The lecture by Christian Diem, CSH Vienna/IIASA will take place at the Complexity Science Hub Vienna.
If you are interested in participating, please email to firstname.lastname@example.org.
Management of systemic risk in financial markets is traditionally associated with setting (higher) capital requirements for market participants. There are indications that while equity ratios have been increased massively since the financial crisis, systemic risk levels might not have lowered, but even increased (see ECB data1; SRISK time series2). It has been shown that systemic risk is to a large extent related to the underlying network topology of financial exposures. A natural question arising is how much systemic risk can be eliminated by optimally rearranging these networks and without increasing capital requirements. Overlapping portfolios with minimized systemic risk which provide the same market functionality as empirical ones have been studied by Pichler et al. (2018). Here, a similar method for direct exposure networks is proposed, and applied to cross-sectional interbank loan networks, consisting of 10 quarterly observations of the Austrian interbank market. We show that the suggested framework rearranges the network topology, such that systemic risk is reduced by a factor of approximately 3.5 (70%), and leaves the relevant economic features of the optimized network and its agents unchanged. The presented optimization procedure is not intended to actually re-configure interbank markets, but to demonstrate the huge potential for systemic risk management through rearranging exposure networks, in contrast to increasing capital requirements that were shown to have only marginal effects on systemic risk (Poledna et al., 2017). We compute that on average bank equity needs to be increased by a around 230% to achieve the same reduction in DebtRank as our optimization procedure. Ways to actually incentivize a self-organized formation toward optimal network configurations were introduced in Thurner and Poledna (2013) and Poledna and Thurner (2016). For regulatory policies concerning financial market stability the knowledge of minimal systemic risk for a given economic environment can serve as a benchmark for monitoring actual systemic risk in markets.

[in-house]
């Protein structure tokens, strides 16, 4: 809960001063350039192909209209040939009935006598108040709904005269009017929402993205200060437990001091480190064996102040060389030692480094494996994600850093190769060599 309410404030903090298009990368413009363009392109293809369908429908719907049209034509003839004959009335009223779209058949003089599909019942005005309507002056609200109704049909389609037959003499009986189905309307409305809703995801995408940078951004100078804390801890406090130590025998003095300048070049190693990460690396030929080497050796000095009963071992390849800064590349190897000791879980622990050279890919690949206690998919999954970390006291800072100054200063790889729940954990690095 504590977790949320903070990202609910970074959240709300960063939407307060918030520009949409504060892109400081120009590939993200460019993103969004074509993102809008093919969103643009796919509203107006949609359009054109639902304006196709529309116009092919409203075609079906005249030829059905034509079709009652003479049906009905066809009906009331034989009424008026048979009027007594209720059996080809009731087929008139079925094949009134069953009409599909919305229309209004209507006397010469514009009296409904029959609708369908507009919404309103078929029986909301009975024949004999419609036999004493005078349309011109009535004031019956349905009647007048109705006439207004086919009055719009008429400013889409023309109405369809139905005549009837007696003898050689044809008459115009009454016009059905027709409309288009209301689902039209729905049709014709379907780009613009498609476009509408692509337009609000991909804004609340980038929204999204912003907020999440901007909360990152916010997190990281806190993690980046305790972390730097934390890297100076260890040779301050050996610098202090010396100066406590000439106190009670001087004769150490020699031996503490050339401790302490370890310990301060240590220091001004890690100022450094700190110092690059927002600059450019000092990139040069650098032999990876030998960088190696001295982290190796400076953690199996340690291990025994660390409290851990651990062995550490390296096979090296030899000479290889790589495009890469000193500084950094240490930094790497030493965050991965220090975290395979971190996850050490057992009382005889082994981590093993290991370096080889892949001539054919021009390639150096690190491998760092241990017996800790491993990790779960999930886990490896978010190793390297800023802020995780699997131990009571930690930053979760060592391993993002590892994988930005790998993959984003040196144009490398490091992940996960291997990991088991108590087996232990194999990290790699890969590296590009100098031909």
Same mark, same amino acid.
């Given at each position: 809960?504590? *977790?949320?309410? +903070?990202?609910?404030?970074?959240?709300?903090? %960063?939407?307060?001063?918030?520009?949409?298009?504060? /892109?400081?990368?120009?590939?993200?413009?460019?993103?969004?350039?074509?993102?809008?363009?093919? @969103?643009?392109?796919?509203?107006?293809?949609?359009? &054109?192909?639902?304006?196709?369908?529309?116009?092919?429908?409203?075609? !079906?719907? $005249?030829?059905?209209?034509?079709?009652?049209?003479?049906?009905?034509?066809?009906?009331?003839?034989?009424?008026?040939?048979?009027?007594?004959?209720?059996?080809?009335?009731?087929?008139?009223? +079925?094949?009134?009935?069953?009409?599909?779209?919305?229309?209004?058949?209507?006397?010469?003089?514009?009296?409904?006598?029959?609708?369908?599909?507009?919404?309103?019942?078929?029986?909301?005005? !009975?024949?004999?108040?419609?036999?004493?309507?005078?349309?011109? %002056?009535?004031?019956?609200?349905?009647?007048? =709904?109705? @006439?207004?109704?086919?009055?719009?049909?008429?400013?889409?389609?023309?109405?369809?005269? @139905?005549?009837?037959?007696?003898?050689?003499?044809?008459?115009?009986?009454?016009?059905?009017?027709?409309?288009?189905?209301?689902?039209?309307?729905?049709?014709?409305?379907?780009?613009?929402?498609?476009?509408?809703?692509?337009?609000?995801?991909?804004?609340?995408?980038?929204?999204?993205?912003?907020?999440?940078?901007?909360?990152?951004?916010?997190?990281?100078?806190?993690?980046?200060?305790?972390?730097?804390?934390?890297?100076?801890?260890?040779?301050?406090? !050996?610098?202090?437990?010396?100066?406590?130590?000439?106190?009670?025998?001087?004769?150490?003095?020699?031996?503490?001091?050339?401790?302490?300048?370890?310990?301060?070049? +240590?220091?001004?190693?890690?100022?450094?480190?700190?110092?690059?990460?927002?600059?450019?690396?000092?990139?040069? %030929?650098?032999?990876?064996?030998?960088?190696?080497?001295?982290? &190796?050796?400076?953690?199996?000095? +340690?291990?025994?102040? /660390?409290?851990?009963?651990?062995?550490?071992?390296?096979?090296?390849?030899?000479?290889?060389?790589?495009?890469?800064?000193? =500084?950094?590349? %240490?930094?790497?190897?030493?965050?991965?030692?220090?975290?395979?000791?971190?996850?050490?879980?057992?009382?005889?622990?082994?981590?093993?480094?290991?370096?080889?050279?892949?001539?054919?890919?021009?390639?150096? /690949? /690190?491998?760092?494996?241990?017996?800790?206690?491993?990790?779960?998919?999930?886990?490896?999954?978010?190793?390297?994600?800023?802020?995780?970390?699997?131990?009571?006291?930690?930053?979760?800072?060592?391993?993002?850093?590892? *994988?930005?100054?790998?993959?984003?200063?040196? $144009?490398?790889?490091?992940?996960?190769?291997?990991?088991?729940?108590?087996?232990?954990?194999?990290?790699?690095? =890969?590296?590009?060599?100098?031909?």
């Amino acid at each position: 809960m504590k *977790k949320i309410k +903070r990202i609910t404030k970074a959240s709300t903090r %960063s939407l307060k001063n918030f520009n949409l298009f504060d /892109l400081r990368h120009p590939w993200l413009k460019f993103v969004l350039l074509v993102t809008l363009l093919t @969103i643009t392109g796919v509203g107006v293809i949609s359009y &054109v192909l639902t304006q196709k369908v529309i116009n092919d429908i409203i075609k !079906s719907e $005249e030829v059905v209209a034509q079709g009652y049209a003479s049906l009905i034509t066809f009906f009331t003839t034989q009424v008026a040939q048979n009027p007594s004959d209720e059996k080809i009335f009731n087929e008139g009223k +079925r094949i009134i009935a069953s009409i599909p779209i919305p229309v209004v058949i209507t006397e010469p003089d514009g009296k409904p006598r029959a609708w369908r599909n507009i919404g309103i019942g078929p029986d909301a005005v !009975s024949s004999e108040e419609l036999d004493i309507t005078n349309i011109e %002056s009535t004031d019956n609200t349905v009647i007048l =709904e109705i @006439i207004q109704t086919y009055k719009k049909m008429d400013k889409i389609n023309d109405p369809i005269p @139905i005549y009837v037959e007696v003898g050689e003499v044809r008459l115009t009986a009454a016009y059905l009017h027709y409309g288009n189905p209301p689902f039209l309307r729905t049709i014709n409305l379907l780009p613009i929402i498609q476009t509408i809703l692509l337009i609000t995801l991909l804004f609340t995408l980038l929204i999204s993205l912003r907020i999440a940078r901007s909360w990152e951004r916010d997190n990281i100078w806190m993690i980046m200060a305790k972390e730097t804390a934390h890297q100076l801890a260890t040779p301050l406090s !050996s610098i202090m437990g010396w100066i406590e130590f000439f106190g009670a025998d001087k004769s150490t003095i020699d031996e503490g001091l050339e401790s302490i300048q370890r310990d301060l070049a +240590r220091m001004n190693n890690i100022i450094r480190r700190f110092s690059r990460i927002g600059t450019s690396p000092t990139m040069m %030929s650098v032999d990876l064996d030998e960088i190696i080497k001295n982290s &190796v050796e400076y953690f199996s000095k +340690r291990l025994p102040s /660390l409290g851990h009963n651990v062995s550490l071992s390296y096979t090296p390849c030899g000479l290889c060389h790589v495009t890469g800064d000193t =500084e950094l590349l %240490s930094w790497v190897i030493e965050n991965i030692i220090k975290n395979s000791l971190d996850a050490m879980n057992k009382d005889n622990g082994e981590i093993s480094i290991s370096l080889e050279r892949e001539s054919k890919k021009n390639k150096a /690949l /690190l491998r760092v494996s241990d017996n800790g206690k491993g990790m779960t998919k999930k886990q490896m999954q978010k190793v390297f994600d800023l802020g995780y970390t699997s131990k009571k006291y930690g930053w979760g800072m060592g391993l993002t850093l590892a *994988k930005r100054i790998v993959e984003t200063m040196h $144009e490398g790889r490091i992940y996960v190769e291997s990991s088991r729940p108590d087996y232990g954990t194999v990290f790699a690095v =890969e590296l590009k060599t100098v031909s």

Systemic risk in financial networks has been extensively investigated for different types of contractual networks. Examples are interbank loan networks, derivative exposure networks, equity cross holding networks or exposure networks arising from asset crossholdings of agents. More recently the paradigm of multi-layer networks has been used to model systemic risk for multiple financial networks jointly.  aggregated different direct exposure networks and showed that looking at single layers in isolation can underestimate systemic risk drastically.  take a different approach using extensions of classical centrality measures, like eigenvector centrality or page rank to multiplex networks. However, these algorithms cannot provide a monetary quantification of banks systemic riskiness in case of defaults. DebtRank, which aggregates the losses occurring in asset valuation cascades does not suffer this problem, but is only defined on a single layer [3,4]. Thus, we suggest to extend the valuation shock transmission mechanism of DebtRank into the multilayer framework when considering networks layers, which cannot be aggregated by summation. We establish such an extension of DebtRank by incorporating the funding liquidity contagion layer into the algorithm. Thus, this allows us to quantify the costs for the financial system in case of bank defaults in a more complete way. It also allows us to simulate different combinations of funding liquidity shocks and valuation shocks jointly. Since, valuation and funding liquidity cascades are interacting on most bi-layer network specifications we expect higher systemic risk impacts of bank defaults, than if the two contagion mechanisms are modelled separately. In a related study  modelled these contagion channels as supraadjacency matrix in order to analyse network stability properties for small simultaneous macro shocks.
Considering multiple networks simultaneously can change the structure of higher order connection of agents. In financial transaction networks this means that second and higher order risks agents are facing when creating a link, can look dramatically different in comparison to a single layer perspective. The multilayer extension of DebtRank can take such higher order connections arising from different layers into account.
1. Poledna, Sebastian, et al. “The multi-layer network nature of systemic risk and its implications for the costs of financial crises.” Journal of Financial Stability 20 (2015): pp 70-81.
2. Bardoscia, Marco, Ginestra Bianconi, and Gerardo Ferrara. “Multiplex network analysis of the UK OTC derivatives market.” (2018).
3. Battiston, Stefano, et al. “DebtRank: Too Central to Fail? Financial Networks, the FED and
Systemic Risk.” Scientific reports 2 (2012): 541.
4. Bardoscia, Marco, et al. “DebtRank: A Microscopic Foundation for Shock Propagation.” PloS one 10.6 (2015): e0130406.
5. Wiersema, Garbrand, et al. “Inherent Instability: Scenario-Free Analysis of Financial Systems with Interacting Contagion Channels.” (2019)